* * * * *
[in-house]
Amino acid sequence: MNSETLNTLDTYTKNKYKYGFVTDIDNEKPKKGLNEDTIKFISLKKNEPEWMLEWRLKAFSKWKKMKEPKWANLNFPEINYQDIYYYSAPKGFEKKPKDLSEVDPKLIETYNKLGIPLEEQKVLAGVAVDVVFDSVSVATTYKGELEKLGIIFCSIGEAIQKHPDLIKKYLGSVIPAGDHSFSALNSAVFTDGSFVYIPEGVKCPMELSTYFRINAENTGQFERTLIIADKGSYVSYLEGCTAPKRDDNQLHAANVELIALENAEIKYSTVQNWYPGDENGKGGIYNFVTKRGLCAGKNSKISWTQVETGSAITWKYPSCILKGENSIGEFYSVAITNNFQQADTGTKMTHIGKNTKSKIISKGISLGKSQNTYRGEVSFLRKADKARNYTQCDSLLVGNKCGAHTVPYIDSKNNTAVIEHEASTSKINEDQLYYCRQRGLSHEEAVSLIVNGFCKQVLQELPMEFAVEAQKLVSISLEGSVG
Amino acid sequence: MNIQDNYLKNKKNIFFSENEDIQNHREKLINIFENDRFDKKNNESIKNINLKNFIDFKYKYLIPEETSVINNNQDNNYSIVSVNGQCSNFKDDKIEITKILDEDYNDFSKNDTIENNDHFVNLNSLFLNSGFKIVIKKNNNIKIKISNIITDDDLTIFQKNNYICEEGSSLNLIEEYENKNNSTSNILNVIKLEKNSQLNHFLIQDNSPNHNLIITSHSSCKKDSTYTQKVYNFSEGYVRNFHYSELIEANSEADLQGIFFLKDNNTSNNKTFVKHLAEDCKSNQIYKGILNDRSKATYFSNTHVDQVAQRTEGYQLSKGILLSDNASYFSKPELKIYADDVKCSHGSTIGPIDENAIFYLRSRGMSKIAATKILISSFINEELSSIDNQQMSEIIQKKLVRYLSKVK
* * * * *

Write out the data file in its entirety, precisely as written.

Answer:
[in-house]
Amino acid sequence: MNSETLNTLDTYTKNKYKYGFVTDIDNEKPKKGLNEDTIKFISLKKNEPEWMLEWRLKAFSKWKKMKEPKWANLNFPEINYQDIYYYSAPKGFEKKPKDLSEVDPKLIETYNKLGIPLEEQKVLAGVAVDVVFDSVSVATTYKGELEKLGIIFCSIGEAIQKHPDLIKKYLGSVIPAGDHSFSALNSAVFTDGSFVYIPEGVKCPMELSTYFRINAENTGQFERTLIIADKGSYVSYLEGCTAPKRDDNQLHAANVELIALENAEIKYSTVQNWYPGDENGKGGIYNFVTKRGLCAGKNSKISWTQVETGSAITWKYPSCILKGENSIGEFYSVAITNNFQQADTGTKMTHIGKNTKSKIISKGISLGKSQNTYRGEVSFLRKADKARNYTQCDSLLVGNKCGAHTVPYIDSKNNTAVIEHEASTSKINEDQLYYCRQRGLSHEEAVSLIVNGFCKQVLQELPMEFAVEAQKLVSISLEGSVG
Amino acid sequence: MNIQDNYLKNKKNIFFSENEDIQNHREKLINIFENDRFDKKNNESIKNINLKNFIDFKYKYLIPEETSVINNNQDNNYSIVSVNGQCSNFKDDKIEITKILDEDYNDFSKNDTIENNDHFVNLNSLFLNSGFKIVIKKNNNIKIKISNIITDDDLTIFQKNNYICEEGSSLNLIEEYENKNNSTSNILNVIKLEKNSQLNHFLIQDNSPNHNLIITSHSSCKKDSTYTQKVYNFSEGYVRNFHYSELIEANSEADLQGIFFLKDNNTSNNKTFVKHLAEDCKSNQIYKGILNDRSKATYFSNTHVDQVAQRTEGYQLSKGILLSDNASYFSKPELKIYADDVKCSHGSTIGPIDENAIFYLRSRGMSKIAATKILISSFINEELSSIDNQQMSEIIQKKLVRYLSKVK